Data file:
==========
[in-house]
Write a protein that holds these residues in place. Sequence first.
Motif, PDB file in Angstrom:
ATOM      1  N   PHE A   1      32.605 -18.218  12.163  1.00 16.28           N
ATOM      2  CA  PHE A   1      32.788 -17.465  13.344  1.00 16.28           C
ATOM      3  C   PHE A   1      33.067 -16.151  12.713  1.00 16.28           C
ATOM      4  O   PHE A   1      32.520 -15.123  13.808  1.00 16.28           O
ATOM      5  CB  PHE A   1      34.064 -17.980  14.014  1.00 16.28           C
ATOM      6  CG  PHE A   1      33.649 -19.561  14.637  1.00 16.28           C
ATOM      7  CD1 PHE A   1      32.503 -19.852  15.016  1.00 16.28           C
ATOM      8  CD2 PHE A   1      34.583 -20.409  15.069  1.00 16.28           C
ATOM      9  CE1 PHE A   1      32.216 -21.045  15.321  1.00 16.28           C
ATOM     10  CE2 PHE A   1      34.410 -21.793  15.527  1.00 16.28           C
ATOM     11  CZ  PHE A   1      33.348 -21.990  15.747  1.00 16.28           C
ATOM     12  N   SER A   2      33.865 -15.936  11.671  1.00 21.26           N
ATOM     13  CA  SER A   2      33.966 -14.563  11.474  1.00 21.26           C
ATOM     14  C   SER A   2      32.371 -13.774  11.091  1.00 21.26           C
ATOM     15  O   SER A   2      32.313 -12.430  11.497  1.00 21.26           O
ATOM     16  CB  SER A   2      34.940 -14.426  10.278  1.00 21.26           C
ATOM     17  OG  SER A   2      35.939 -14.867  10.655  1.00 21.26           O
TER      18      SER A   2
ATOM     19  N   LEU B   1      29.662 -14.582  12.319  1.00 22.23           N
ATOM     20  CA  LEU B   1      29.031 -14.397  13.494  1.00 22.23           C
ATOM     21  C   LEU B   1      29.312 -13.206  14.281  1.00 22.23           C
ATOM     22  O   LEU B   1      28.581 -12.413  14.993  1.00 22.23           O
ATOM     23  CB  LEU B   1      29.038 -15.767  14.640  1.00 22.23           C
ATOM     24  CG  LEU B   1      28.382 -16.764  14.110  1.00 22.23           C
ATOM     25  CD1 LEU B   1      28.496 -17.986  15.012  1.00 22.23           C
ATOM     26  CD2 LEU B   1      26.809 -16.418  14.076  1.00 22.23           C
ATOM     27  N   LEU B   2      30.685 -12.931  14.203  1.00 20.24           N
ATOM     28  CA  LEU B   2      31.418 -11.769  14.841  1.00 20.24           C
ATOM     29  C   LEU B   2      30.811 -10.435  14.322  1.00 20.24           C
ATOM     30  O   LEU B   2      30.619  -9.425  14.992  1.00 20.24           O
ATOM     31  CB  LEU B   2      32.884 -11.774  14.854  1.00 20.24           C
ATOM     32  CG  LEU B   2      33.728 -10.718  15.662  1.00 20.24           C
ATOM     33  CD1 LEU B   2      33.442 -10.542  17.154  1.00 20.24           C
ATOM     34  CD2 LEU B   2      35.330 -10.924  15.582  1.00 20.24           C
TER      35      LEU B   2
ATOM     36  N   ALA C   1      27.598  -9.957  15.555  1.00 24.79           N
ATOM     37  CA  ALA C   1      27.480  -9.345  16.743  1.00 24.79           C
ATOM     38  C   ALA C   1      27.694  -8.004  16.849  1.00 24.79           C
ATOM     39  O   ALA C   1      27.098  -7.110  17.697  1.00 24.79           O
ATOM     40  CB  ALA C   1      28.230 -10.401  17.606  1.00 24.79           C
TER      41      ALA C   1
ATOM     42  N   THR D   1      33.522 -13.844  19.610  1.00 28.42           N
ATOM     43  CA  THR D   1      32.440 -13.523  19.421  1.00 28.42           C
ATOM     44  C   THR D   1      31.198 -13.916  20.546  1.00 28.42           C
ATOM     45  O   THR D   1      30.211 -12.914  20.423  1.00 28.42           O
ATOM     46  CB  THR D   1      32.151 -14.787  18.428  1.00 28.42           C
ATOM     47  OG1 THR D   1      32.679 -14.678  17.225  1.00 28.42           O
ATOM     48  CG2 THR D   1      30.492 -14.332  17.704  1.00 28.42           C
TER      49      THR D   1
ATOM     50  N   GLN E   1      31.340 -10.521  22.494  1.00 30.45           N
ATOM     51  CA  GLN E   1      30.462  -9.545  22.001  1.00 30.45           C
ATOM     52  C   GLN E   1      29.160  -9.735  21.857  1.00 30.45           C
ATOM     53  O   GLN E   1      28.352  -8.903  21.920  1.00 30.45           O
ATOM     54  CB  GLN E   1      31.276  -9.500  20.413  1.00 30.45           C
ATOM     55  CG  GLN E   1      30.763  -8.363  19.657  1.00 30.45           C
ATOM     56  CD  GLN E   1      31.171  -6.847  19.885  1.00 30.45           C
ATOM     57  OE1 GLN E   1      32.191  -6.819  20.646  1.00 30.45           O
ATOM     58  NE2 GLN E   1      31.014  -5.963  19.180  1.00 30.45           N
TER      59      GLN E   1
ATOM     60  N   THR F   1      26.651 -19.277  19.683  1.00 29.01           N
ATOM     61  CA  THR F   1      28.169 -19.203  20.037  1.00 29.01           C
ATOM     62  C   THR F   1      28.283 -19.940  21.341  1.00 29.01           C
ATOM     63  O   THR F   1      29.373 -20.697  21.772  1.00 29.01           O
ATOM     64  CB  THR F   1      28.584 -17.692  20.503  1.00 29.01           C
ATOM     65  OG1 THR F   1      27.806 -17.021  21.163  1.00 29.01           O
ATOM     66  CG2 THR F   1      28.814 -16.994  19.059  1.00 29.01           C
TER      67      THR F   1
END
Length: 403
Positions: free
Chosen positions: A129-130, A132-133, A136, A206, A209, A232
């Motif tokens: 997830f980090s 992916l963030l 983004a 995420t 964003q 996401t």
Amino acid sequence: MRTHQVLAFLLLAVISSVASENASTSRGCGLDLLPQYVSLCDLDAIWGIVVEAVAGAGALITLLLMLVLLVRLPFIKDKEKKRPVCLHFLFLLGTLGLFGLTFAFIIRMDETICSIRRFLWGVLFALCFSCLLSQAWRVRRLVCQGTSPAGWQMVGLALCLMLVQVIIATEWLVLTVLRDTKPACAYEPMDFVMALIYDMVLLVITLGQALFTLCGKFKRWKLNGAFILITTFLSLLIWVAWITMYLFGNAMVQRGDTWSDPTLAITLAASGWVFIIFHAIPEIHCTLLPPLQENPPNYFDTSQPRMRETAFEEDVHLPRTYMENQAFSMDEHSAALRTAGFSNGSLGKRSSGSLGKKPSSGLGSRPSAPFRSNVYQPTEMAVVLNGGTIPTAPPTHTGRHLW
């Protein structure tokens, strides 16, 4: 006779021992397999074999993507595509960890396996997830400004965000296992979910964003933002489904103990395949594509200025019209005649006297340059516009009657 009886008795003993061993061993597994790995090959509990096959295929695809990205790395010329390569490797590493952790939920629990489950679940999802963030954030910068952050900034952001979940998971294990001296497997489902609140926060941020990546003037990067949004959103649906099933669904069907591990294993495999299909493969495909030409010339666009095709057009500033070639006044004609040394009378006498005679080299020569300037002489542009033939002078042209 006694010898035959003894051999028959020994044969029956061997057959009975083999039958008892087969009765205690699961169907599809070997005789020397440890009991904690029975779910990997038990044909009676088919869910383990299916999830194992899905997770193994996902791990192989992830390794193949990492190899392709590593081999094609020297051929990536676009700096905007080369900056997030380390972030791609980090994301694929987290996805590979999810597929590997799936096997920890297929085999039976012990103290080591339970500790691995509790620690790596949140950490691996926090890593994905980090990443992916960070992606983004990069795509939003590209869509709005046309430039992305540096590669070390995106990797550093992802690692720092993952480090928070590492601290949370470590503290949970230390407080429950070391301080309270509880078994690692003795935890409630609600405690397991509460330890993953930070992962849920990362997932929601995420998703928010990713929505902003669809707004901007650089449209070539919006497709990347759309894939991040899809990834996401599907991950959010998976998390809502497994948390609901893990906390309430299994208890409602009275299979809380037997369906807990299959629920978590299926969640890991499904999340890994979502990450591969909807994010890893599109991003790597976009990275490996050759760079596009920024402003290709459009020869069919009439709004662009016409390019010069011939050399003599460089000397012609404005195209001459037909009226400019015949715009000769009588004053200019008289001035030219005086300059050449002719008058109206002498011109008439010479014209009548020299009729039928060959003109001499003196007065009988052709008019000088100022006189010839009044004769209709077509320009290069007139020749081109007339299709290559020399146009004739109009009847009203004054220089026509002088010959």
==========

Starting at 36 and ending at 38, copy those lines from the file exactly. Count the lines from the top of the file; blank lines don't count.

ATOM     33  CD1 LEU B   2      33.442 -10.542  17.154  1.00 20.24           C
ATOM     34  CD2 LEU B   2      35.330 -10.924  15.582  1.00 20.24           C
TER      35      LEU B   2